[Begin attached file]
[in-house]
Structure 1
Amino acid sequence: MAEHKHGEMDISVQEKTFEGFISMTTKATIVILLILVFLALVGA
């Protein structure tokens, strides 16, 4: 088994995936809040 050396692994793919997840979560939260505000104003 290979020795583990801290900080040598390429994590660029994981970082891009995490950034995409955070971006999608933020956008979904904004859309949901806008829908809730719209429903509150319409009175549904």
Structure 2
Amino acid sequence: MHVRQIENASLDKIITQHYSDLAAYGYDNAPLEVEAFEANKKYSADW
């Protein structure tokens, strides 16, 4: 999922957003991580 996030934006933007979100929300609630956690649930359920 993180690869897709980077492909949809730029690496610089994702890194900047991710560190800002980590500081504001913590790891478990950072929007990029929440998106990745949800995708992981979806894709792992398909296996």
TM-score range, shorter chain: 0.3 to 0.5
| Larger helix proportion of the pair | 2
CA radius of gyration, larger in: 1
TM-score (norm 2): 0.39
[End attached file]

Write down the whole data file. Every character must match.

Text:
[in-house]
Structure 1
Amino acid sequence: MAEHKHGEMDISVQEKTFEGFISMTTKATIVILLILVFLALVGA
């Protein structure tokens, strides 16, 4: 088994995936809040 050396692994793919997840979560939260505000104003 290979020795583990801290900080040598390429994590660029994981970082891009995490950034995409955070971006999608933020956008979904904004859309949901806008829908809730719209429903509150319409009175549904």
Structure 2
Amino acid sequence: MHVRQIENASLDKIITQHYSDLAAYGYDNAPLEVEAFEANKKYSADW
């Protein structure tokens, strides 16, 4: 999922957003991580 996030934006933007979100929300609630956690649930359920 993180690869897709980077492909949809730029690496610089994702890194900047991710560190800002980590500081504001913590790891478990950072929007990029929440998106990745949800995708992981979806894709792992398909296996």
TM-score range, shorter chain: 0.3 to 0.5
| Larger helix proportion of the pair | 2
CA radius of gyration, larger in: 1
TM-score (norm 2): 0.39